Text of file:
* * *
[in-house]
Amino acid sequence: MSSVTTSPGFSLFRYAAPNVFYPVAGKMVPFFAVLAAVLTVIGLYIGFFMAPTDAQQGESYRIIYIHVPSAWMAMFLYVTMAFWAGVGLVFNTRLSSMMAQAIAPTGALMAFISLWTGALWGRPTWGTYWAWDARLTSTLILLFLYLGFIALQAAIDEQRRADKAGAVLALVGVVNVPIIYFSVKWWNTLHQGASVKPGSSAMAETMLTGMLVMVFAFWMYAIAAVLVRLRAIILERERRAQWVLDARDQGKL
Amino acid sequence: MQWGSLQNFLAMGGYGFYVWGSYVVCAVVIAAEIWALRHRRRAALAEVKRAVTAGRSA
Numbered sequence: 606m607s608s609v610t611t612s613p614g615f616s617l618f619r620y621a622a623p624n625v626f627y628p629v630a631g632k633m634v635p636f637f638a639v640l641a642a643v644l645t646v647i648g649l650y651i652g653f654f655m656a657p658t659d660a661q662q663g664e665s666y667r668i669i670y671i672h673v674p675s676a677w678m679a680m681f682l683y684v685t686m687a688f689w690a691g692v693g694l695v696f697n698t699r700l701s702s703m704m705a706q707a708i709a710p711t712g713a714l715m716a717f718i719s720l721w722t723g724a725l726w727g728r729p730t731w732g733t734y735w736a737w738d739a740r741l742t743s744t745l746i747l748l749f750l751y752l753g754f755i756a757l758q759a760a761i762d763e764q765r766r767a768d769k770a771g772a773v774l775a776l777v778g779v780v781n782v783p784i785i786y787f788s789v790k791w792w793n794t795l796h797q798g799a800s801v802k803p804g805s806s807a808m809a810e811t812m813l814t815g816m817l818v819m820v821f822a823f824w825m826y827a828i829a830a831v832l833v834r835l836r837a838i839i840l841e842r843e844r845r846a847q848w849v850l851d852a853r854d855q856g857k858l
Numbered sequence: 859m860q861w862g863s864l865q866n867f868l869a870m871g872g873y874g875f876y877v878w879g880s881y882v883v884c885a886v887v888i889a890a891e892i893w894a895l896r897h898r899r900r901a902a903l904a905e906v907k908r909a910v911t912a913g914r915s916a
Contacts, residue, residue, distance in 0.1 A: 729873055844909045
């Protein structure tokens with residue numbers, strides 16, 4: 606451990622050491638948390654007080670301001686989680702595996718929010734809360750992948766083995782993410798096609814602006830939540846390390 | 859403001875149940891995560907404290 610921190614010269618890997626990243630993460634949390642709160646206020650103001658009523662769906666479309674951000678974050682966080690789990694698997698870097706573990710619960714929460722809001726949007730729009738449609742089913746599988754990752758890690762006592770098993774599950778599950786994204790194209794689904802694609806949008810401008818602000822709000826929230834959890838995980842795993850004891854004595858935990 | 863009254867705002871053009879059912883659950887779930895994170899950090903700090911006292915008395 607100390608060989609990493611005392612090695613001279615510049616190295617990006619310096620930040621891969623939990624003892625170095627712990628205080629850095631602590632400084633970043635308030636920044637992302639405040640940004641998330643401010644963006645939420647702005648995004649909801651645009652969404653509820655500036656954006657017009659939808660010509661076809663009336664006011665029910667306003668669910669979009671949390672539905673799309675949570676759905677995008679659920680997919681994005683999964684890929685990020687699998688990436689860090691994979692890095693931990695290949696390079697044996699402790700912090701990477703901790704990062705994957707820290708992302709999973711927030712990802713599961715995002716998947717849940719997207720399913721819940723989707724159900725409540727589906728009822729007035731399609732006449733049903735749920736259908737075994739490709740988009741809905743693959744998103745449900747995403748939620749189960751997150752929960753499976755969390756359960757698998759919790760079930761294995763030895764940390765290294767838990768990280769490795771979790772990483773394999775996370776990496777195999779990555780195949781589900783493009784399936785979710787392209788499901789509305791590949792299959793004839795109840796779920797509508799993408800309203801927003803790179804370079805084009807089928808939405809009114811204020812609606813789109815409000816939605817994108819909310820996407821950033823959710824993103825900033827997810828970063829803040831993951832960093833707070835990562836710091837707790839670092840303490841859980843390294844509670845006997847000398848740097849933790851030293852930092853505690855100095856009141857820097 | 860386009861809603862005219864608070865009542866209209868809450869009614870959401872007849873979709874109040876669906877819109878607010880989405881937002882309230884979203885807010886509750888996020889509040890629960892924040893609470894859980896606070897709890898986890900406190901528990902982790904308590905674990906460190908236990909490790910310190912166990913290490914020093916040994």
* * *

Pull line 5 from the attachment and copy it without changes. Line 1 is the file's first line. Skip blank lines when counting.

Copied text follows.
Numbered sequence: 859m860q861w862g863s864l865q866n867f868l869a870m871g872g873y874g875f876y877v878w879g880s881y882v883v884c885a886v887v888i889a890a891e892i893w894a895l896r897h898r899r900r901a902a903l904a905e906v907k908r909a910v911t912a913g914r915s916a